Category: Neuroscience

The Universe in a Single Atom by His Holiness the Dalai Lama – review

Wimbledon Buddhist temple
The Buddhapadipa temple in Wimbledon, UK, which offers meditation classes for beginners

The Dalai Lama wants every cognitive scientist to learn how to meditate. He believes this will give them insights into the mind and consciousness that plastering electrodes on scalps or scanning brains with powerful magnetic fields never could.

Whereas a scientist looks at the mind from the outside, he says, an experienced meditator examines it from within. Neither sees the whole picture and so we could learn a great deal by combining the two perspectives. (more…)

Mindfulness monthly: bipolar disorder, time perception, older people, and eating disorders

A Buddhist monks blesses tourists on a beach in ThailandEvery month I’m going to round up the latest research about the potential applications of mindfulness. I’ll pick out only four or five nuggets (writing in detail about one, and writing a very brief summary of the others) but link to the awesome Mindfulness Research Monthly newsletter, which provides a much more comprehensive review of the field than I could ever do. (more…)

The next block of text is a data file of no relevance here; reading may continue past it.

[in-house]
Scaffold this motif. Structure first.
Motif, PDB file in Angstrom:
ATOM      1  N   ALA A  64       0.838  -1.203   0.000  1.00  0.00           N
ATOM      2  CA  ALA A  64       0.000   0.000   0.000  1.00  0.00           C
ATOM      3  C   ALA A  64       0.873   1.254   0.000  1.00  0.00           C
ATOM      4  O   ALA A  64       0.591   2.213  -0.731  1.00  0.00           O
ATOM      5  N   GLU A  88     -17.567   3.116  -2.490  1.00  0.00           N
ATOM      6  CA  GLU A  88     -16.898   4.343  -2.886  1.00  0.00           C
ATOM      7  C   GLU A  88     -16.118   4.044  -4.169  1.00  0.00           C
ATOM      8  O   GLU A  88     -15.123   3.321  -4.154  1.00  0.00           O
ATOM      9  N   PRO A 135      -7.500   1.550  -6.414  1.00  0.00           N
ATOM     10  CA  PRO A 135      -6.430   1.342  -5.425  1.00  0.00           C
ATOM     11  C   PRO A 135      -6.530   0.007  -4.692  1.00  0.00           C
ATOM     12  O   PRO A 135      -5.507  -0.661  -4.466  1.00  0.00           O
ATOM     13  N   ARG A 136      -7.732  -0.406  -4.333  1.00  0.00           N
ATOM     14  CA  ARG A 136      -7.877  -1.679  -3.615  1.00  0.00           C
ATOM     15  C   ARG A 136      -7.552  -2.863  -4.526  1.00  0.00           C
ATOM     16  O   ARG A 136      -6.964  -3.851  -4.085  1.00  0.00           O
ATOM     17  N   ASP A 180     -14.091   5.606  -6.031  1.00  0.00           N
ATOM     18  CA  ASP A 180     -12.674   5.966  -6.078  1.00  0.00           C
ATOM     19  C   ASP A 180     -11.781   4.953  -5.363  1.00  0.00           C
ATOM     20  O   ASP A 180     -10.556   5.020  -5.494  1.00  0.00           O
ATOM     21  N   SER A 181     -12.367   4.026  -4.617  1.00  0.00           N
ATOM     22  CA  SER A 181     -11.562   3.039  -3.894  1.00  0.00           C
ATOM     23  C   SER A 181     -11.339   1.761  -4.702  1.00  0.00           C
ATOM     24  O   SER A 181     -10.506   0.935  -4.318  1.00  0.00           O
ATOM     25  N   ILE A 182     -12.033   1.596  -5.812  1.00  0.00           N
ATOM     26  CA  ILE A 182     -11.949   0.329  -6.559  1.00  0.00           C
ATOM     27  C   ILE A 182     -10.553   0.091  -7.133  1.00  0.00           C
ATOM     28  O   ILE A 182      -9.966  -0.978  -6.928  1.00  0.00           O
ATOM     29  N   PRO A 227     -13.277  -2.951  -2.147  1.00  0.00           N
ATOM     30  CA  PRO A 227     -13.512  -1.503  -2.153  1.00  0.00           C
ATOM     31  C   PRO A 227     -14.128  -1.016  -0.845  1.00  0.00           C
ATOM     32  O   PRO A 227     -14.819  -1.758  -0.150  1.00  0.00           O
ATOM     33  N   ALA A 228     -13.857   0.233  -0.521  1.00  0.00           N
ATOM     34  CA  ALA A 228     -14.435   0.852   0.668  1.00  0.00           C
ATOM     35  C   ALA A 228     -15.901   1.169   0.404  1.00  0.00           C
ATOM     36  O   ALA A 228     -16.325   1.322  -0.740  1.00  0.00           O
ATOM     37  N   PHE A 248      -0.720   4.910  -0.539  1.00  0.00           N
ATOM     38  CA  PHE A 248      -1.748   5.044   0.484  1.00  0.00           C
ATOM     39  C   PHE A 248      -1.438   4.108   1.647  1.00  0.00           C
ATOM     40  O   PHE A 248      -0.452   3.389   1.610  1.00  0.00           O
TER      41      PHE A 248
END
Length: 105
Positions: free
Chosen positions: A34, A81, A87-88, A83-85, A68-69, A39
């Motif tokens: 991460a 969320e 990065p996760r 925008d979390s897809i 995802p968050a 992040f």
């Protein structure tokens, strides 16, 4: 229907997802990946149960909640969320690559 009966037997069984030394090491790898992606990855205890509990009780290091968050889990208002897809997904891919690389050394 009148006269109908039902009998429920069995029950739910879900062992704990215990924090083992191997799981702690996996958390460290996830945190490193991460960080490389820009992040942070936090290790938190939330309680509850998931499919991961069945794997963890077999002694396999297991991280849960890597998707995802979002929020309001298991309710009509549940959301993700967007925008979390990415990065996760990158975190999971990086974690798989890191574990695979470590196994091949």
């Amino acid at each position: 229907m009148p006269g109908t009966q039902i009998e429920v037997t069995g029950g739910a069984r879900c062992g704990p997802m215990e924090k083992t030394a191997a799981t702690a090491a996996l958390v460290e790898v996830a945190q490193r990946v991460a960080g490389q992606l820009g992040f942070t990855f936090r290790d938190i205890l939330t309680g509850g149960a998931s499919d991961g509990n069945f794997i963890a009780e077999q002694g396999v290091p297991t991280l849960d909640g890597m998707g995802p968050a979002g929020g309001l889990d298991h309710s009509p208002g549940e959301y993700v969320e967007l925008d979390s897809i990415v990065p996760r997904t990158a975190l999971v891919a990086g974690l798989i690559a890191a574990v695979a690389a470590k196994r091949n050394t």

Introducing the Plastic Brain

walnutsHis Holiness the Dalai Lama keeps a plastic brain with detachable labelled components on the desk in his office in Dharamsala, India. It was a gift from his friend the late Robert Livingstone, a neuroscientist at the University of California, San Diego, whom he credits with opening his eyes to the findings of modern biology. Livingstone founded the world’s first department of neuroscience at UCSD in 1965 and dedicated his career to linking the anatomy of the brain to the workings of the mind.

That, in a nutshell, is why I’ve called my new blog Plastic Brain. For me, the model brain sitting on the Dalai Lama’s desk symbolises the way ancient contemplative practices and science have come together over the past three decades as the gulf between the intangible mind and the inscrutable brain has narrowed. These are exciting times for neuroscience and psychology. (more…)